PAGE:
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Poverty and Reefs

5.2 Principles for addressing poverty-related reef issues

Based on our current understanding of poverty and coral reefs it is clear that for future interventions to effectively address poverty among reef stakeholders the current approaches to poverty-related reef issues need to change. The various interventions targeting reefs, coastal communities and poverty reduction suggest some important ways in which this change can occur. The current Reef Livelihoods Assessment project has furthered that understanding considerably. From this a set of principles of good practice begin to emerge. This is outlined below:

5.2.1 Enhancing the understanding of reef and poverty-related issues
  • Recognising the dependence of the poor and vulnerable on reef resources and the need to understand and address their specific needs and aspirations.
  • Recognising that the nature of poverty often means that the poor are hidden or excluded from interventions and may coexist in coastal areas with apparent wealth.
  • Recognising that the poor are not a single homogenous group and an understanding of the different types of poor stakeholder is essential to effectively target the poor.
  • Recognising that the lives of poor stakeholders are diverse and complex and a holistic understanding of this complexity is needed in order to develop viable responses.
  • Recognising the wealth of existing knowledge, both formal and informal, concerning reefs and people and the need to more effectively share and apply this knowledge.
  • Recognising the importance and value of informal, indigenous or local knowledge systems and the need to enhance their integration with formal, scientific knowledge systems.
  • Recognising the diversity of stakeholders and the need to introduce systematic informing and influencing strategies to create opportunities for sharing information in forms that are accessible to, and targeted at, different types of stakeholders.
5.2.2 Promoting a balanced and integrated approach to reef and poverty-related issues
  • Recognising that there are multiple stakeholders involved in reef issues, from those at the local ground level to those at an international level, who have multiple and varying objectives ranging from conservation and protection, to sustainable use, exploitation or development.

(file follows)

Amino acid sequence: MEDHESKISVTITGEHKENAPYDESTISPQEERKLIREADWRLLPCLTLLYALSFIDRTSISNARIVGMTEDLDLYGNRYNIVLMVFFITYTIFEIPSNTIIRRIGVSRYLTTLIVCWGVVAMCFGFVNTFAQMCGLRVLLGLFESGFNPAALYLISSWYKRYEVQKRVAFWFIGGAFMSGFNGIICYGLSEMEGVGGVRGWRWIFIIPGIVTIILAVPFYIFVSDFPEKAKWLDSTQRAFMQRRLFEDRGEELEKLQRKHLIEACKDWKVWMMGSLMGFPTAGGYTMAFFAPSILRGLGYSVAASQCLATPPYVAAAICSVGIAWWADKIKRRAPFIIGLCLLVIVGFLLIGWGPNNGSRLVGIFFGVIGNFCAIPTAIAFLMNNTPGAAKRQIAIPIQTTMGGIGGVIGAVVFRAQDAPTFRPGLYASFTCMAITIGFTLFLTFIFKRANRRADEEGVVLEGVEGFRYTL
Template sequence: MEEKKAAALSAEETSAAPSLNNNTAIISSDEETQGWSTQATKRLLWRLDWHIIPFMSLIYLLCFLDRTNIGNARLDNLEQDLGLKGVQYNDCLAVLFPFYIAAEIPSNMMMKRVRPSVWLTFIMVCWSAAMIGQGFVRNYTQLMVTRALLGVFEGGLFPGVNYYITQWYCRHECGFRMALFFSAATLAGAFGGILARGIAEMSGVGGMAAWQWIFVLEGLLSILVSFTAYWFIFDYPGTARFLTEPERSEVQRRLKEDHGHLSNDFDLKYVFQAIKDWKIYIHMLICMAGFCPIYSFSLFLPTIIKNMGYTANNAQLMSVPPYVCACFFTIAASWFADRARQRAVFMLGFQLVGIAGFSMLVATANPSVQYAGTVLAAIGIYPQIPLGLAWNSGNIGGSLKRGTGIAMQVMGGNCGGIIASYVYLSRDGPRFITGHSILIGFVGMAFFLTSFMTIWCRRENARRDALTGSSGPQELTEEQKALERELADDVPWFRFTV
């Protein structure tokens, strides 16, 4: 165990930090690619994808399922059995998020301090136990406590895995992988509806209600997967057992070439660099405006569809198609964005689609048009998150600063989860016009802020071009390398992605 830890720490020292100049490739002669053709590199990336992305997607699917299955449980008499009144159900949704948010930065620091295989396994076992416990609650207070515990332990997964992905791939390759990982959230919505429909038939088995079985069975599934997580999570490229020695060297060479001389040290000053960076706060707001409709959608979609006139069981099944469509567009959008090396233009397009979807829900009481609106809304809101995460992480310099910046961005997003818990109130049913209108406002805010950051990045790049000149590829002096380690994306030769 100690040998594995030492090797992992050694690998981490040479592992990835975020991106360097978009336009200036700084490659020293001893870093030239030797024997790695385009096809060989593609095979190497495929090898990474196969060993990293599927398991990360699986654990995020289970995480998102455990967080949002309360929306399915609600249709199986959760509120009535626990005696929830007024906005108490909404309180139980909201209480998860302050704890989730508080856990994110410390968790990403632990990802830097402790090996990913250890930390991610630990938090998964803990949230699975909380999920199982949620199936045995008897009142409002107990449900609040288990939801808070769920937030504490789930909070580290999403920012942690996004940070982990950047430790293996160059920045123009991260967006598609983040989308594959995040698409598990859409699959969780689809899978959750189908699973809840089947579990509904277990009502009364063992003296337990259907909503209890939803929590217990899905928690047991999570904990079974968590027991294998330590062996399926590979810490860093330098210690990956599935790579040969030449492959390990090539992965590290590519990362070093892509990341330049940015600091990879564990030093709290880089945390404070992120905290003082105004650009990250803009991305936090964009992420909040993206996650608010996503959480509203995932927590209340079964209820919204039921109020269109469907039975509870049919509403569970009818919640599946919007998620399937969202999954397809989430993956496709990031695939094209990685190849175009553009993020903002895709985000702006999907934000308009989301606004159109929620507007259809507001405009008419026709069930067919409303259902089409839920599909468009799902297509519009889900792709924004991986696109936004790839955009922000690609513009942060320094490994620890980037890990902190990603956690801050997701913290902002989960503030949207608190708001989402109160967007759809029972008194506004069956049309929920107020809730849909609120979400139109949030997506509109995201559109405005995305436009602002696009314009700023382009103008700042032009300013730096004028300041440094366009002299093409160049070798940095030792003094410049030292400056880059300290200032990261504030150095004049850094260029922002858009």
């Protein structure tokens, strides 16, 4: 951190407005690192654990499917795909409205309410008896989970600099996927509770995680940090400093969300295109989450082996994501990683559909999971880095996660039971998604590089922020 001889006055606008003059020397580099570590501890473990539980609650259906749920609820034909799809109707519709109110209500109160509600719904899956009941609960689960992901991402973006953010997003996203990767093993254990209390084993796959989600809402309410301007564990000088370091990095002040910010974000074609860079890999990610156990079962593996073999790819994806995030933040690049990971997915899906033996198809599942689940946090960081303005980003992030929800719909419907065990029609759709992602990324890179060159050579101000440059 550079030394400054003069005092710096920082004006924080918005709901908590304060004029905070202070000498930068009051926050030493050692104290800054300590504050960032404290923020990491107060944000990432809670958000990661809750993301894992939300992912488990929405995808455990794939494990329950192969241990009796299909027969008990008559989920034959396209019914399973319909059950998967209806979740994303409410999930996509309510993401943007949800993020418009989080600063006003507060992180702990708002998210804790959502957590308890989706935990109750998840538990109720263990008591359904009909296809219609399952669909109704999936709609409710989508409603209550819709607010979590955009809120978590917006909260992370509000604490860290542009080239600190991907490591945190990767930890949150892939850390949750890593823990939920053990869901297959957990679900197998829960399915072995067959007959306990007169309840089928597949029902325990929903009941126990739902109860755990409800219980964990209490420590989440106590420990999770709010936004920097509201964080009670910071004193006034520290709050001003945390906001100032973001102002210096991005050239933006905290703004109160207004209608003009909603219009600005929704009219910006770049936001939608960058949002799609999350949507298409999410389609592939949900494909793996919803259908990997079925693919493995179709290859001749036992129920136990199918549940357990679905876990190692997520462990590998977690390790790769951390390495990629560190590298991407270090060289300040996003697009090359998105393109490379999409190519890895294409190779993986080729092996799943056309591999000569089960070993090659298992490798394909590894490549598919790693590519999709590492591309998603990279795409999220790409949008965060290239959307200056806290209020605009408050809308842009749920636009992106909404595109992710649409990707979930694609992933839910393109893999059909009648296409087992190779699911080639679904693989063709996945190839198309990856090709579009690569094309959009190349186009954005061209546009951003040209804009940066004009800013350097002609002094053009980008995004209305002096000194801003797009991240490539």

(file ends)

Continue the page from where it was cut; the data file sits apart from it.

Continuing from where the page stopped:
• Recognising the need to raise awareness and change attitudes in order to harmonise these multiple objectives and actively promote the priorities, needs and aspirations of the coastal poor in approaches to policy development and interventions.
  • Promoting a broader consideration of coastal community development, which incorporates social, economic, environmental, governance and vulnerability issues and overcomes the difficulty of looking beyond natural resource management, symptomatic of ICZM approaches.
  • Encouraging an integrated multi-disciplinary approach, which combines local participation with national level support across multiple sectors relevant to the livelihoods of local communities (i.e. health, education etc. as well as natural resources).
  • Developing partnerships between different agencies and groups to enhance knowledge and skill sharing and involvement in the policy and development process.
  • Promoting participation, which targets poor stakeholders, and facilitates their involvement in agreeing common entry points and throughout the subsequent research or development process.
  • Acknowledging the role and importance of political and patronage systems and the need to incorporate and work with them to ensure positive change.
  • Promoting a flexible and process-orientated approach that recognises the dynamic and complex nature of livelihoods, which can accommodate change and which avoids mechanistic approaches and preconceived solutions.
  • Initiating a process which starts small, based on an understanding of threats, weaknesses and opportunities, and builds on the strengths of experience, best practice and success.
5.2.3 Enhancing the livelihood security of the poor and vulnerable dependent on reefs
  • Promoting a systematic approach, which builds on existing strengths and recognises weaknesses and threats, to develop viable, sustainable and dynamic livelihood opportunities, which enhance or diversify existing options for the poor and vulnerable.
  • Strengthening existing mechanisms, which support livelihoods and complement reef access in times of hardship or crisis and enhancing access to these support mechanisms by the poor and vulnerable.
  • Recognising the need to secure rights of access to reef resources for the poor and vulnerable through prioritising their needs in policy development and where appropriate incorporating existing traditional or local rights.
  • Promoting co-management in fisheries and coastal development and the need to ensure sustainability at all levels: environmental, economic, social and governance.
  • Promoting a precautionary principle to management interventions, development and exploitation of reef ecosystems grounded in sound environmental, social and economic impact assessments.
  • Enhancing or maintaining the carrying capacity of the environment by reducing the adverse effects of externalities from other sectors through greater inter-sector and international cooperation at the policy-making and policy implementation stages.
  • Undertaking, where feasible, efforts to rehabilitate habitats and mitigate the impacts of development on the poor and vulnerable.
  • Supporting efforts to understand, address and combat impacts of global climate change.
  • Recognising the potential loss of physical protection from the reef in the future and the need to enhance disaster planning and responses which target the poor and vulnerable.
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